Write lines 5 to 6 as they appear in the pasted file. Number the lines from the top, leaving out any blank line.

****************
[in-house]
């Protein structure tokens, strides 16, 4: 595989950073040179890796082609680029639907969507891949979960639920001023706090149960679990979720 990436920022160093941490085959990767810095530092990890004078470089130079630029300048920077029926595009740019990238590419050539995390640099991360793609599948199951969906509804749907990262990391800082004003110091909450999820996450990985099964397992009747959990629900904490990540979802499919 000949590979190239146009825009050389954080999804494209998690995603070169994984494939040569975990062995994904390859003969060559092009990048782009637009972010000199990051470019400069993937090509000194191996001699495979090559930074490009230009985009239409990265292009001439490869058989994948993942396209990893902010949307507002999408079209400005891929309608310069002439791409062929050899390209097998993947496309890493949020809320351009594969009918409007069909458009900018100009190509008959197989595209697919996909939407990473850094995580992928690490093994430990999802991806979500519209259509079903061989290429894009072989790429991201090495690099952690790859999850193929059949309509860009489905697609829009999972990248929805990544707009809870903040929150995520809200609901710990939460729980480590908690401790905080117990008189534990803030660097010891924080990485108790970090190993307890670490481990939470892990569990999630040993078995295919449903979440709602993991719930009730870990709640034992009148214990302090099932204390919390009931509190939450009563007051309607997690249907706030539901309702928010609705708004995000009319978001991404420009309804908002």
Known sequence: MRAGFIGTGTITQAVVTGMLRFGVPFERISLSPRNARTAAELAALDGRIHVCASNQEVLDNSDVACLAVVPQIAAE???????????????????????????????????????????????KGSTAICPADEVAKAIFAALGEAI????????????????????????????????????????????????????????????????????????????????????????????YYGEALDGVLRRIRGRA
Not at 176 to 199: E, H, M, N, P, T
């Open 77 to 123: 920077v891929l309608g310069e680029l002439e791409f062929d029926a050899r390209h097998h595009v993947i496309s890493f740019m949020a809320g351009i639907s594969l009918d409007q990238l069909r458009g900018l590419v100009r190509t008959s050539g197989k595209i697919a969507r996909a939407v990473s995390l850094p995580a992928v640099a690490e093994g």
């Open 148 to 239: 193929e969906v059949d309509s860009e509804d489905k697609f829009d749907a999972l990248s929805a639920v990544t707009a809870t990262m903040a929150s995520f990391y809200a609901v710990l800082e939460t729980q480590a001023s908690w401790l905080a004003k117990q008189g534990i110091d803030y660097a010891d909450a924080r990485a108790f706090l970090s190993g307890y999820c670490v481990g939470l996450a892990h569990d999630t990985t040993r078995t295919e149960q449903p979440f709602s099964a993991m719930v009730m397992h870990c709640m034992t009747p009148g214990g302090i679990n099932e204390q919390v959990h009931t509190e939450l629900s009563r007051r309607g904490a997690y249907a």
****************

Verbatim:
């Open 77 to 123: 920077v891929l309608g310069e680029l002439e791409f062929d029926a050899r390209h097998h595009v993947i496309s890493f740019m949020a809320g351009i639907s594969l009918d409007q990238l069909r458009g900018l590419v100009r190509t008959s050539g197989k595209i697919a969507r996909a939407v990473s995390l850094p995580a992928v640099a690490e093994g």
């Open 148 to 239: 193929e969906v059949d309509s860009e509804d489905k697609f829009d749907a999972l990248s929805a639920v990544t707009a809870t990262m903040a929150s995520f990391y809200a609901v710990l800082e939460t729980q480590a001023s908690w401790l905080a004003k117990q008189g534990i110091d803030y660097a010891d909450a924080r990485a108790f706090l970090s190993g307890y999820c670490v481990g939470l996450a892990h569990d999630t990985t040993r078995t295919e149960q449903p979440f709602s099964a993991m719930v009730m397992h870990c709640m034992t009747p009148g214990g302090i679990n099932e204390q919390v959990h009931t509190e939450l629900s009563r007051r309607g904490a997690y249907a």